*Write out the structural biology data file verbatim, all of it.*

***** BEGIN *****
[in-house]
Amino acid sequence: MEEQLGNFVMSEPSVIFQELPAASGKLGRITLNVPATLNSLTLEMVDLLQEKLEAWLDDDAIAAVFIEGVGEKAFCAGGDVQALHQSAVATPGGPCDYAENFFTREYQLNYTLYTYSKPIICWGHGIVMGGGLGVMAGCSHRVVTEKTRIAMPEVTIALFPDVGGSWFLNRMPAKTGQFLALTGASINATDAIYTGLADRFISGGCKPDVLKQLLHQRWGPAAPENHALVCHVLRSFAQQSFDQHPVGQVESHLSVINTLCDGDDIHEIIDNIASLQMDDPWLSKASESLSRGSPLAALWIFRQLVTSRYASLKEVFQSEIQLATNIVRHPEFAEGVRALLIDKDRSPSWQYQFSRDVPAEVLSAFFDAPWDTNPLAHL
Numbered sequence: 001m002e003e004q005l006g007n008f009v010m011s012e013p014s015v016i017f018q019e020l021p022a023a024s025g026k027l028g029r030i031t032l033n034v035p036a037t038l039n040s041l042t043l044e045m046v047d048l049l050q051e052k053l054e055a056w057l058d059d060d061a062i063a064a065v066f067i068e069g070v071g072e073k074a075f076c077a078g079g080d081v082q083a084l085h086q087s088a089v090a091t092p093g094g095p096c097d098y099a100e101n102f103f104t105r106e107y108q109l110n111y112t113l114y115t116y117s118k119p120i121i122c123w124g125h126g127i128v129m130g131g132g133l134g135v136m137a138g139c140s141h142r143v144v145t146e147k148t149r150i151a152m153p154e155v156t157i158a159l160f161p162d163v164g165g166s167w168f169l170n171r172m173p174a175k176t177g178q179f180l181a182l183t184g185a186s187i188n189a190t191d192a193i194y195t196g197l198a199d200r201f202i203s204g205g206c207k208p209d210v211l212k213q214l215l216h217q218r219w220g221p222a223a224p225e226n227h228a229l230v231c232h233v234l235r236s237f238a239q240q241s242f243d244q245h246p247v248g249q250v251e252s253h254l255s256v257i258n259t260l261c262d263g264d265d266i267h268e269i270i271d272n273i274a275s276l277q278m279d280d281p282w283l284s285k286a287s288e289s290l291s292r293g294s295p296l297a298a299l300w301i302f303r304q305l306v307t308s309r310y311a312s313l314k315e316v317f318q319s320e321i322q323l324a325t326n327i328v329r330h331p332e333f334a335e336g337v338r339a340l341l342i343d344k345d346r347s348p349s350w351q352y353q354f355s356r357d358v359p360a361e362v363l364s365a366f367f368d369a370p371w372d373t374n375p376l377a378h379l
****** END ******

[in-house]
Amino acid sequence: MEEQLGNFVMSEPSVIFQELPAASGKLGRITLNVPATLNSLTLEMVDLLQEKLEAWLDDDAIAAVFIEGVGEKAFCAGGDVQALHQSAVATPGGPCDYAENFFTREYQLNYTLYTYSKPIICWGHGIVMGGGLGVMAGCSHRVVTEKTRIAMPEVTIALFPDVGGSWFLNRMPAKTGQFLALTGASINATDAIYTGLADRFISGGCKPDVLKQLLHQRWGPAAPENHALVCHVLRSFAQQSFDQHPVGQVESHLSVINTLCDGDDIHEIIDNIASLQMDDPWLSKASESLSRGSPLAALWIFRQLVTSRYASLKEVFQSEIQLATNIVRHPEFAEGVRALLIDKDRSPSWQYQFSRDVPAEVLSAFFDAPWDTNPLAHL
Numbered sequence: 001m002e003e004q005l006g007n008f009v010m011s012e013p014s015v016i017f018q019e020l021p022a023a024s025g026k027l028g029r030i031t032l033n034v035p036a037t038l039n040s041l042t043l044e045m046v047d048l049l050q051e052k053l054e055a056w057l058d059d060d061a062i063a064a065v066f067i068e069g070v071g072e073k074a075f076c077a078g079g080d081v082q083a084l085h086q087s088a089v090a091t092p093g094g095p096c097d098y099a100e101n102f103f104t105r106e107y108q109l110n111y112t113l114y115t116y117s118k119p120i121i122c123w124g125h126g127i128v129m130g131g132g133l134g135v136m137a138g139c140s141h142r143v144v145t146e147k148t149r150i151a152m153p154e155v156t157i158a159l160f161p162d163v164g165g166s167w168f169l170n171r172m173p174a175k176t177g178q179f180l181a182l183t184g185a186s187i188n189a190t191d192a193i194y195t196g197l198a199d200r201f202i203s204g205g206c207k208p209d210v211l212k213q214l215l216h217q218r219w220g221p222a223a224p225e226n227h228a229l230v231c232h233v234l235r236s237f238a239q240q241s242f243d244q245h246p247v248g249q250v251e252s253h254l255s256v257i258n259t260l261c262d263g264d265d266i267h268e269i270i271d272n273i274a275s276l277q278m279d280d281p282w283l284s285k286a287s288e289s290l291s292r293g294s295p296l297a298a299l300w301i302f303r304q305l306v307t308s309r310y311a312s313l314k315e316v317f318q319s320e321i322q323l324a325t326n327i328v329r330h331p332e333f334a335e336g337v338r339a340l341l342i343d344k345d346r347s348p349s350w351q352y353q354f355s356r357d358v359p360a361e362v363l364s365a366f367f368d369a370p371w372d373t374n375p376l377a378h379l